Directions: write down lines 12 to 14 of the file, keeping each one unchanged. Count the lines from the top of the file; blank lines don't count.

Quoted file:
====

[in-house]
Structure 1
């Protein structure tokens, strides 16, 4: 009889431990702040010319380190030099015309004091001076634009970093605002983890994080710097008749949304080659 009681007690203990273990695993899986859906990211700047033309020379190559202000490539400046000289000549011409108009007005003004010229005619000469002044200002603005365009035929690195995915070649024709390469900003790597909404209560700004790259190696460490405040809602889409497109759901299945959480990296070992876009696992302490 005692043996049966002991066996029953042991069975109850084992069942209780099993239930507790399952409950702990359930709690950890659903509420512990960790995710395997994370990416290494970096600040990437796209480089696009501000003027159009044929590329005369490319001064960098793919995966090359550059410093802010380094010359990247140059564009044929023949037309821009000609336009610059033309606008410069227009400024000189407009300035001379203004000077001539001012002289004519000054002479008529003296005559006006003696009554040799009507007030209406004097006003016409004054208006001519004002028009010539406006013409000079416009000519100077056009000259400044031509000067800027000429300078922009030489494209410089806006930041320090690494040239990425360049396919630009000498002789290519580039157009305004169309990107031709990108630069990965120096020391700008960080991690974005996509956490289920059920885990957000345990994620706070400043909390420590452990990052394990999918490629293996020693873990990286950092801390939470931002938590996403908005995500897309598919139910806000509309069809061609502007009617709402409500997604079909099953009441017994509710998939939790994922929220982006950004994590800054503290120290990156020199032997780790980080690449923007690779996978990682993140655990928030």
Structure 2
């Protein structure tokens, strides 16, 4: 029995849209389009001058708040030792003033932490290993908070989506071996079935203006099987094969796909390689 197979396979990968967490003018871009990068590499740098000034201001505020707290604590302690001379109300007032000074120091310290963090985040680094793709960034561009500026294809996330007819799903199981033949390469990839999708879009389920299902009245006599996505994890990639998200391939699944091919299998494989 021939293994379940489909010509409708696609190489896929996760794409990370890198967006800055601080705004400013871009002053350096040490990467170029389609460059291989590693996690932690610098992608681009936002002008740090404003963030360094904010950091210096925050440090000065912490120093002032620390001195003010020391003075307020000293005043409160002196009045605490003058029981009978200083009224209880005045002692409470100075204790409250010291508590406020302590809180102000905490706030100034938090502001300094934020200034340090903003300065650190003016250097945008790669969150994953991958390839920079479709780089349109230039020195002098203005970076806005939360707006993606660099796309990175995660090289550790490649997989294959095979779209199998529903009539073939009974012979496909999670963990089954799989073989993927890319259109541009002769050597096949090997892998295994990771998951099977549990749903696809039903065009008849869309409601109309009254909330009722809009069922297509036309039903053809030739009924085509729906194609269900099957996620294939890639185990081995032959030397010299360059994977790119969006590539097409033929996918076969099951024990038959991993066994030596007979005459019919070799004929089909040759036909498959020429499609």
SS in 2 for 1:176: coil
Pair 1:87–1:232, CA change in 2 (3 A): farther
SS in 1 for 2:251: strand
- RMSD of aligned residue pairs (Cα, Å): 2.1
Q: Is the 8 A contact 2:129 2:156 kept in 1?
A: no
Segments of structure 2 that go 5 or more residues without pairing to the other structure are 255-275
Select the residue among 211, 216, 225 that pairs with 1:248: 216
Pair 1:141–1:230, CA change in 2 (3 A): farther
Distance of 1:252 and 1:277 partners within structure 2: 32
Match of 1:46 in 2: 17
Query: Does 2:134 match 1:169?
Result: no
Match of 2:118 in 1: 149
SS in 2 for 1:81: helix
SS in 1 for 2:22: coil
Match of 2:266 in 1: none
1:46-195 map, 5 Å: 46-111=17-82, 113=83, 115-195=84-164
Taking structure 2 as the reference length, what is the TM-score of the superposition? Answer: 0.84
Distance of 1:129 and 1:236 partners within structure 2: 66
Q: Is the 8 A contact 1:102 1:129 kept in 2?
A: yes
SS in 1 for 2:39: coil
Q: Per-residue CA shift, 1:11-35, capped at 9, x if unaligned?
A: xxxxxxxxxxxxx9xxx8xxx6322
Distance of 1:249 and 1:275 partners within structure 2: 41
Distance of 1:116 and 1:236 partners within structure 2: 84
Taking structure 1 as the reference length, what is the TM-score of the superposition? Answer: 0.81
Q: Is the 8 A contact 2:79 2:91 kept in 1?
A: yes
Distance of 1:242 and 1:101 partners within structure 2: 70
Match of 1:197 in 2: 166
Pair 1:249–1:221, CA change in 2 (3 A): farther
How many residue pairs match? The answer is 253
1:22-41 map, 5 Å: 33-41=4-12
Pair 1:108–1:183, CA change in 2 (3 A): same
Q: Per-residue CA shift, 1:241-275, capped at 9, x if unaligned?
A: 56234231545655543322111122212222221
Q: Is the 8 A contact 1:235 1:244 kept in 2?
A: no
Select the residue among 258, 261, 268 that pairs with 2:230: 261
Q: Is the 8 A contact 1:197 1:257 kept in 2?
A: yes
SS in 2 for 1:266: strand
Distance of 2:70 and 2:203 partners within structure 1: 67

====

Segments of structure 2 that go 5 or more residues without pairing to the other structure are 255-275
Select the residue among 211, 216, 225 that pairs with 1:248: 216
Pair 1:141–1:230, CA change in 2 (3 A): farther